House approves $36 billion in disaster aid, responding to wildfires and Puerto Rico crisis

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Rafael Reyes embraces his wife Xarelis Negron and his son Xariel as they stand next to their belongings, in front of the remains of their home destroyed by Hurricane Maria, in the San Lorenzo neighborhood of Morovis, Puerto Rico, Saturday, Oct. 7, 2017. (AP Photo/Ramon Espinosa)

The House voted Thursday to approve $36.5 billion in disaster aid, approving special loans to keep local governments in the Puerto Rico and the U.S. Virgin Island afloat after Hurricane Maria and a new package of funds to combat the wildfires plaguing the west.

The bill passed hours after President Trump tweeted, “We cannot keep FEMA, the Military & the First Responders, who have been amazing (under the most difficult circumstances) in P.R. forever!”

That sentiment was rejected Friday by lawmakers of both parties, who called for swift passage of a bill that largely mirrors a White House demand for aid. It includes $18.7 billion for the Federal Emergency Management Agency’s main relief fund, as well as the cancellation of $16 billion in debt owed by the National Flood Insurance Program, allowing it to continue paying claims incurred due to hurricanes Harvey, Irma and Maria. The governments of Puerto Rico and the Virgin Islands would have access to $4.9 billion in special loans that will allow them to continuing paying employees and vendors.

Jenniffer González-Colón (R), Puerto Rico’s nonvoting member of the House, said many thousands of her constituents are without access to power, clean water or reliable communications. “This is not the time to focus on where and when resources are going to be withdrawn from Puerto Rico,” she said.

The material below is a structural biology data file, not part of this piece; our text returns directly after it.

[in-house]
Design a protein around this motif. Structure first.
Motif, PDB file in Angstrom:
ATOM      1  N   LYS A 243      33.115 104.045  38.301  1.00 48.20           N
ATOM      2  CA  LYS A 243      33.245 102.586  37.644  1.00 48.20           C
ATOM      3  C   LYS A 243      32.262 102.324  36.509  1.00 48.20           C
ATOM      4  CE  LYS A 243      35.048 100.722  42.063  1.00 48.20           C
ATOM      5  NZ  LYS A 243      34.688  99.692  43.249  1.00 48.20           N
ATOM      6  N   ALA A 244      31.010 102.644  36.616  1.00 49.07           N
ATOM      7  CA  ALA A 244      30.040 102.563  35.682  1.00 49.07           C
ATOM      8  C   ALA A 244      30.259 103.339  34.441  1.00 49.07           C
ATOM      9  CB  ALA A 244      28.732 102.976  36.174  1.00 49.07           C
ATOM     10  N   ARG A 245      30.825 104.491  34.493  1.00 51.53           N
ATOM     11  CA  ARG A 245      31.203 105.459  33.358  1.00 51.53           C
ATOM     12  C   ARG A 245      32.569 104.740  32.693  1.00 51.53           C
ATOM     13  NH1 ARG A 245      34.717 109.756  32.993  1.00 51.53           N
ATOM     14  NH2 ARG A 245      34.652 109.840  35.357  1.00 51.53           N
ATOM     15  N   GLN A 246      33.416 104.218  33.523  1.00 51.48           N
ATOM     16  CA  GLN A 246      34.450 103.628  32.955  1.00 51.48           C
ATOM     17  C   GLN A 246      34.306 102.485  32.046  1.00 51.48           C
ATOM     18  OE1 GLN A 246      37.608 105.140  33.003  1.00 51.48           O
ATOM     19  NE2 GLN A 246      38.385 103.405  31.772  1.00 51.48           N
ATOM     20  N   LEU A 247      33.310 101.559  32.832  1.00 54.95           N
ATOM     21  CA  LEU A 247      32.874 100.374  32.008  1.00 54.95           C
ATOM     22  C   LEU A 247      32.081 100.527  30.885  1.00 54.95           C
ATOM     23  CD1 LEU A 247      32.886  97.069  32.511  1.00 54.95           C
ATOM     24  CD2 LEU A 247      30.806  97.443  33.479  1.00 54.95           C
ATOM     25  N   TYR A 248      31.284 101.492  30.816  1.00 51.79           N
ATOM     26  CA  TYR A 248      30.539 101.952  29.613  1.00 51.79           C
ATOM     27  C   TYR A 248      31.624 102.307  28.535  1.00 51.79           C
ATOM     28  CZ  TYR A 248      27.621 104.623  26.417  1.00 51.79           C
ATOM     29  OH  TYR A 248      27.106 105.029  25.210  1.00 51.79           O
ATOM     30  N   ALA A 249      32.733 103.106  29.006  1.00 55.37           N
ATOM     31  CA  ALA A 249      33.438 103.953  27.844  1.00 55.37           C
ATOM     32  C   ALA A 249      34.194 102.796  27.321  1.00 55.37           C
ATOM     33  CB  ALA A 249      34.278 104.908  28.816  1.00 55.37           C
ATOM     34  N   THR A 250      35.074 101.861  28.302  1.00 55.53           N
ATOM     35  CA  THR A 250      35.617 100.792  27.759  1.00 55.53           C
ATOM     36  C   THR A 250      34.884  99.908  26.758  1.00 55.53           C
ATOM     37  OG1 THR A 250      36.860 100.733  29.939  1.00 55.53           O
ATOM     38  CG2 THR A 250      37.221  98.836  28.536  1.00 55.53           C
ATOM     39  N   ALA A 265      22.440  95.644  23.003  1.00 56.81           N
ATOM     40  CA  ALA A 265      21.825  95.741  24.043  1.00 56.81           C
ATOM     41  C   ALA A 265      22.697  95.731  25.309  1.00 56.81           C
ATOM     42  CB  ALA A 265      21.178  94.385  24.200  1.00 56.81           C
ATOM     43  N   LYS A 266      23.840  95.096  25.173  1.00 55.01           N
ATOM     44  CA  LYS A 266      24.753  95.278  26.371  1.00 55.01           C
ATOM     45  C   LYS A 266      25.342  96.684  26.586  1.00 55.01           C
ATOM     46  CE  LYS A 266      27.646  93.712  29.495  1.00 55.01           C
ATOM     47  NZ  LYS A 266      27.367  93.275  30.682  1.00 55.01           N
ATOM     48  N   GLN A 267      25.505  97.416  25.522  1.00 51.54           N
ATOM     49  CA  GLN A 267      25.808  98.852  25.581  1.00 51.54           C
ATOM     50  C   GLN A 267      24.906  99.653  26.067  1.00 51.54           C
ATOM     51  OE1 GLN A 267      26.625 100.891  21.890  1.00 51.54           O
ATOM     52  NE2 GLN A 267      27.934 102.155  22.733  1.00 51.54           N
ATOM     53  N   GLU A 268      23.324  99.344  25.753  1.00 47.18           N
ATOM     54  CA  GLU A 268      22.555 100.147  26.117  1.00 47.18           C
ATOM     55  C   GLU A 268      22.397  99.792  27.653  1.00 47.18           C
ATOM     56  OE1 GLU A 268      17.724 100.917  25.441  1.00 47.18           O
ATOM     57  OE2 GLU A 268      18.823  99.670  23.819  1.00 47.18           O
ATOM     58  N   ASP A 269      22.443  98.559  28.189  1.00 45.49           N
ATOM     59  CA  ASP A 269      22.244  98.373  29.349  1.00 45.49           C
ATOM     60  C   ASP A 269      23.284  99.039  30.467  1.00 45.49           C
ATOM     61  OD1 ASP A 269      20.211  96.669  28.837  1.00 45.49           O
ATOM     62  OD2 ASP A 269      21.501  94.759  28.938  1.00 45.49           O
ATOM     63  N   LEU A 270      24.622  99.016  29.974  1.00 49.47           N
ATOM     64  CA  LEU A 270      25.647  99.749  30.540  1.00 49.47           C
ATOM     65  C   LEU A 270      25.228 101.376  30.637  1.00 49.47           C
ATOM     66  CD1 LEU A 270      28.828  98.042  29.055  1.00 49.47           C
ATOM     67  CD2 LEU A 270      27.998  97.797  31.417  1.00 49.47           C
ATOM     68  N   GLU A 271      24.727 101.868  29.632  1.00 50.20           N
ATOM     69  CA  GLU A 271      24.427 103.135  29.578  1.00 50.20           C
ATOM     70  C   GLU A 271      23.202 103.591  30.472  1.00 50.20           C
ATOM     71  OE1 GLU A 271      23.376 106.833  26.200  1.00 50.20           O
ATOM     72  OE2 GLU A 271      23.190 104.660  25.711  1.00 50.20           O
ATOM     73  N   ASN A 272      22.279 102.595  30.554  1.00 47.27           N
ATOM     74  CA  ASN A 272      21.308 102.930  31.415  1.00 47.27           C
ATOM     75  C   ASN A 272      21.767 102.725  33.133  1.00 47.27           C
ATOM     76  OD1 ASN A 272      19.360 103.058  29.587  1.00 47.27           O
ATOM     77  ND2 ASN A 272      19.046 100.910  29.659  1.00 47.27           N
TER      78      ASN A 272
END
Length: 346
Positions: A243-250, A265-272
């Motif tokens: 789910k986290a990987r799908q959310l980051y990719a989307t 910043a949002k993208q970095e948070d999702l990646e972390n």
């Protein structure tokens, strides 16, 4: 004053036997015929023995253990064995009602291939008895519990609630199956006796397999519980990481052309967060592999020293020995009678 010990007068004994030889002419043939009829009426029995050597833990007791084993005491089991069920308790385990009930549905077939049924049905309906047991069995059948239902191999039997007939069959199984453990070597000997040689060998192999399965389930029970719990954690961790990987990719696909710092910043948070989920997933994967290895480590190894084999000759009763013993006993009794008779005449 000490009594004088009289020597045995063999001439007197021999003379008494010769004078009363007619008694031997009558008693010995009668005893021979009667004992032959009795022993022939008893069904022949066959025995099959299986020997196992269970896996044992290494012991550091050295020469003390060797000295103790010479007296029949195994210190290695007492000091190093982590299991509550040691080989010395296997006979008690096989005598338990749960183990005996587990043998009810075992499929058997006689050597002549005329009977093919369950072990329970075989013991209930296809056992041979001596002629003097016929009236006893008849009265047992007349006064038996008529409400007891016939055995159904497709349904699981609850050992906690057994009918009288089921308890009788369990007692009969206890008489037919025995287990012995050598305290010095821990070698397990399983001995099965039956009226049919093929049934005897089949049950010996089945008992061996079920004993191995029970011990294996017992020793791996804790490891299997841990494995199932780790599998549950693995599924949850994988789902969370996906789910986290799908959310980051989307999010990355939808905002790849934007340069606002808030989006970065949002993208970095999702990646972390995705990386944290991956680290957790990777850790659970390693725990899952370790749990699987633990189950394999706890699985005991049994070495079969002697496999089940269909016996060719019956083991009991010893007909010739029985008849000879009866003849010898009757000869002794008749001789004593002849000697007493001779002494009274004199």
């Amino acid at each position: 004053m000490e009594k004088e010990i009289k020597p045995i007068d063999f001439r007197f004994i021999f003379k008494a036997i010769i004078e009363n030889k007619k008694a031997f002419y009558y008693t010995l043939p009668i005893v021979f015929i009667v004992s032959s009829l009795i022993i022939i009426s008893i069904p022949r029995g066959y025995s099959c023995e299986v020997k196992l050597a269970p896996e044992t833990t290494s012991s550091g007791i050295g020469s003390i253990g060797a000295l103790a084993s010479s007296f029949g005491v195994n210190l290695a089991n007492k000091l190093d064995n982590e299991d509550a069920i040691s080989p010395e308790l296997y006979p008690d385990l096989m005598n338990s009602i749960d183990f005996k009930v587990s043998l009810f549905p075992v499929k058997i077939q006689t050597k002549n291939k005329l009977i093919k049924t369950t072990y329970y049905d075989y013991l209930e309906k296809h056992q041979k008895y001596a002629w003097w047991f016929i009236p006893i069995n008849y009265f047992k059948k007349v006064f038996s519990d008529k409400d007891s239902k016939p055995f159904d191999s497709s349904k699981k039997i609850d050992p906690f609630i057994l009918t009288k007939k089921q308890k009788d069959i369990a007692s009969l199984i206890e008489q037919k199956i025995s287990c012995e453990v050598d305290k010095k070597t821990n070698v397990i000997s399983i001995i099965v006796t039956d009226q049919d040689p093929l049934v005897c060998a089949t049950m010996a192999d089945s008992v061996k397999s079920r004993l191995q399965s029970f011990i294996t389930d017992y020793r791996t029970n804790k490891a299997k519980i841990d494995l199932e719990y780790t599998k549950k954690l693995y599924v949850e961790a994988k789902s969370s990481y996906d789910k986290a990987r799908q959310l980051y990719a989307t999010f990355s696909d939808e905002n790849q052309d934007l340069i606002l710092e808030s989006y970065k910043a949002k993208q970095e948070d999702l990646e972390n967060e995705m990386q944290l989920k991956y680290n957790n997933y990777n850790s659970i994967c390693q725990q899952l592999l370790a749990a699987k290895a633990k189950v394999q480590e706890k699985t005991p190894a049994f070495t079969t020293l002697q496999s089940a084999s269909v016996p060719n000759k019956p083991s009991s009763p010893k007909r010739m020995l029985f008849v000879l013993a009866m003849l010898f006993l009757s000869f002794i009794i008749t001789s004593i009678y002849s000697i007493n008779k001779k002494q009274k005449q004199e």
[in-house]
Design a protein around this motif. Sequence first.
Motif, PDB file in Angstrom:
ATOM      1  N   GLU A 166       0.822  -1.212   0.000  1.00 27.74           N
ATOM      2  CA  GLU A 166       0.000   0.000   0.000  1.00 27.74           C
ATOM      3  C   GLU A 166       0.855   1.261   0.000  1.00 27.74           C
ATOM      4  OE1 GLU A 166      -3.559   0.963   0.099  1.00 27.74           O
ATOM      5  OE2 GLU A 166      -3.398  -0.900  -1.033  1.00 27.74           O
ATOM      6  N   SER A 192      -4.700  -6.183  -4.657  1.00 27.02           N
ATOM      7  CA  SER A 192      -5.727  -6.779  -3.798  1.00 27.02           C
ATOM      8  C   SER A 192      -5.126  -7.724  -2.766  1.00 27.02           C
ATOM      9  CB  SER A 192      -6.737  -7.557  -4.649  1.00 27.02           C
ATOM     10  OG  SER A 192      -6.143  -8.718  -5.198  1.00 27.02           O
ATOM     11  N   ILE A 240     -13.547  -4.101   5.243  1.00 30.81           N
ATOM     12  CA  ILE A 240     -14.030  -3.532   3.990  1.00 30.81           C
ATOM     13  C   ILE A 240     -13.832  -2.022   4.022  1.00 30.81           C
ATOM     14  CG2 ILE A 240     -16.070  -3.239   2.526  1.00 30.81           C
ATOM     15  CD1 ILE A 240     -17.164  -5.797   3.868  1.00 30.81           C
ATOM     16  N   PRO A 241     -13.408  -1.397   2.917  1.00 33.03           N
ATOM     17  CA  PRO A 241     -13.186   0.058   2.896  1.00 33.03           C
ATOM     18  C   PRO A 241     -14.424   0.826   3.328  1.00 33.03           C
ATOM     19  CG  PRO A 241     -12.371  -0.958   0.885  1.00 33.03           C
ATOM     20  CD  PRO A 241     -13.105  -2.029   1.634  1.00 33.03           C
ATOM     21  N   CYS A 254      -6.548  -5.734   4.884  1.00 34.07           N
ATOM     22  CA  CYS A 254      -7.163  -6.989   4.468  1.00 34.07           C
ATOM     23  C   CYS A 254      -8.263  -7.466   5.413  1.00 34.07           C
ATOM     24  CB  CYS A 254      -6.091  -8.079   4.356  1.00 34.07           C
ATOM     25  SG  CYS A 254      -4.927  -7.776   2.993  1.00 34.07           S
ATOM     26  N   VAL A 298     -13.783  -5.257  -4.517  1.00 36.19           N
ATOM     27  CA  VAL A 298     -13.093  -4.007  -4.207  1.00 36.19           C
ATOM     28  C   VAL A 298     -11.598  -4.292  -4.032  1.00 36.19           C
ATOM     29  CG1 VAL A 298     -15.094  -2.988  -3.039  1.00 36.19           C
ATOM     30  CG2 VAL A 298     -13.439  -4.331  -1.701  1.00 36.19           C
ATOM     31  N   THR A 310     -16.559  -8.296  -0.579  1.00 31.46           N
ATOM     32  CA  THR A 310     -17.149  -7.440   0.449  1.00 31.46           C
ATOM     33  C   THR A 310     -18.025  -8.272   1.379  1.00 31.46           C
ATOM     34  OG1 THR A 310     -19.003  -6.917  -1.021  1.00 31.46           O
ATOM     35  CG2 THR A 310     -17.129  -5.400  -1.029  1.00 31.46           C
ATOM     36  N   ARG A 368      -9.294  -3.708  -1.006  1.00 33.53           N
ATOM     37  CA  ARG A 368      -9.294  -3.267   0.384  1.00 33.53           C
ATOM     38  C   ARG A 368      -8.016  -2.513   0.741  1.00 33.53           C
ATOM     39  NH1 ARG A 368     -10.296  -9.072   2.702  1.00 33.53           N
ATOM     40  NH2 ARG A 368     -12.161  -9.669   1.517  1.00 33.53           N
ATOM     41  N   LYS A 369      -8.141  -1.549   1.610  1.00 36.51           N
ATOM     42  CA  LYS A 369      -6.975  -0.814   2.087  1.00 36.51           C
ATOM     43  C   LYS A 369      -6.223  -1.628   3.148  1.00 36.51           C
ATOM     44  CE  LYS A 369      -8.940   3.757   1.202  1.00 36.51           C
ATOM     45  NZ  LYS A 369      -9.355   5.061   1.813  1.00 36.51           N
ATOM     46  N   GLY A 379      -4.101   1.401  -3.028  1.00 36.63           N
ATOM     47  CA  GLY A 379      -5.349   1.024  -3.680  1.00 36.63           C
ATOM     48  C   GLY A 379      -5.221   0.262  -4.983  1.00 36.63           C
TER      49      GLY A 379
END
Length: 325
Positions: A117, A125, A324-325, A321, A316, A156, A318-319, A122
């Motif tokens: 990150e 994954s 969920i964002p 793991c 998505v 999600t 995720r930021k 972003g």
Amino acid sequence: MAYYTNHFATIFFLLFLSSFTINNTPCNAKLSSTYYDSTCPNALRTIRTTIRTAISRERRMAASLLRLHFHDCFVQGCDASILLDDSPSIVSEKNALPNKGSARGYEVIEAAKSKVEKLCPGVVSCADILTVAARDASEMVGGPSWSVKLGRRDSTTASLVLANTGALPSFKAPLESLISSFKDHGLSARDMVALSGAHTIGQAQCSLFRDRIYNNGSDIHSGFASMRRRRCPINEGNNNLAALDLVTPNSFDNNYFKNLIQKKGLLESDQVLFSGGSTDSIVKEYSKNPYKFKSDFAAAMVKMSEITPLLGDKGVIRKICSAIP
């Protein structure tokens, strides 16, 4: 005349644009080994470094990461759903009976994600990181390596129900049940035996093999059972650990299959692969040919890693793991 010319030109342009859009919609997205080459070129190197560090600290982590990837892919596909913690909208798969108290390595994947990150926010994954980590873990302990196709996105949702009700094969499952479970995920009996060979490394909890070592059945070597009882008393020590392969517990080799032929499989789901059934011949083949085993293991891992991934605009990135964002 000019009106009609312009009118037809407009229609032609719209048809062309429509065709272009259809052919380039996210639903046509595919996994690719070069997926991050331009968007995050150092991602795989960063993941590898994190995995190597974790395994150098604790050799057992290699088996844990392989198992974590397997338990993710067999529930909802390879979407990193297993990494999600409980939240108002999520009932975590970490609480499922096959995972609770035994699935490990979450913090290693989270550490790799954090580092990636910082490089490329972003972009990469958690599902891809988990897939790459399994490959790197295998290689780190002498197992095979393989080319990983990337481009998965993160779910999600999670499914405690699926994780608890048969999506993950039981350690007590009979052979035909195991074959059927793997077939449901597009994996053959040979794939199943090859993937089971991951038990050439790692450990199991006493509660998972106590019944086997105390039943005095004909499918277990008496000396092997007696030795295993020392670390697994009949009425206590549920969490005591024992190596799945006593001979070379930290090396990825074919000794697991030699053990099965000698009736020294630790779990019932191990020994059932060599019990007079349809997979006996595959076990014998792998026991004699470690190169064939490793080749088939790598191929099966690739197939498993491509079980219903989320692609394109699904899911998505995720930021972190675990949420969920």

Rep. Nydia Velazquez (D-N.Y.), a native of the U.S. territory, railed against Trump’s tweet on the House floor as an “outrage” and an “insult.”

“It is an abdication of the president’s solemn duty to protect the safety and the security of the American people,” she said.

The bill passed the House on a 353-69 vote; the Senate is expected to take up the bill next week and send it to the White House for Trump’s signature.

All 69 members opposed were Republicans, most of whom objected because the bill does not offset the emergency spending with cuts elsewhere in the federal budget.

“America is at a tipping point,” Rep. Mark Walker (R-N.C.), chairman of the conservative Republican Study Committee, wrote in a letter to colleagues Wednesday explaining his opposition. “Republicans control the White House and Congress and we cannot ignore or further enable our debt crisis. We have no excuses and no scapegoats. It is time for tough choices and responsible governing.”

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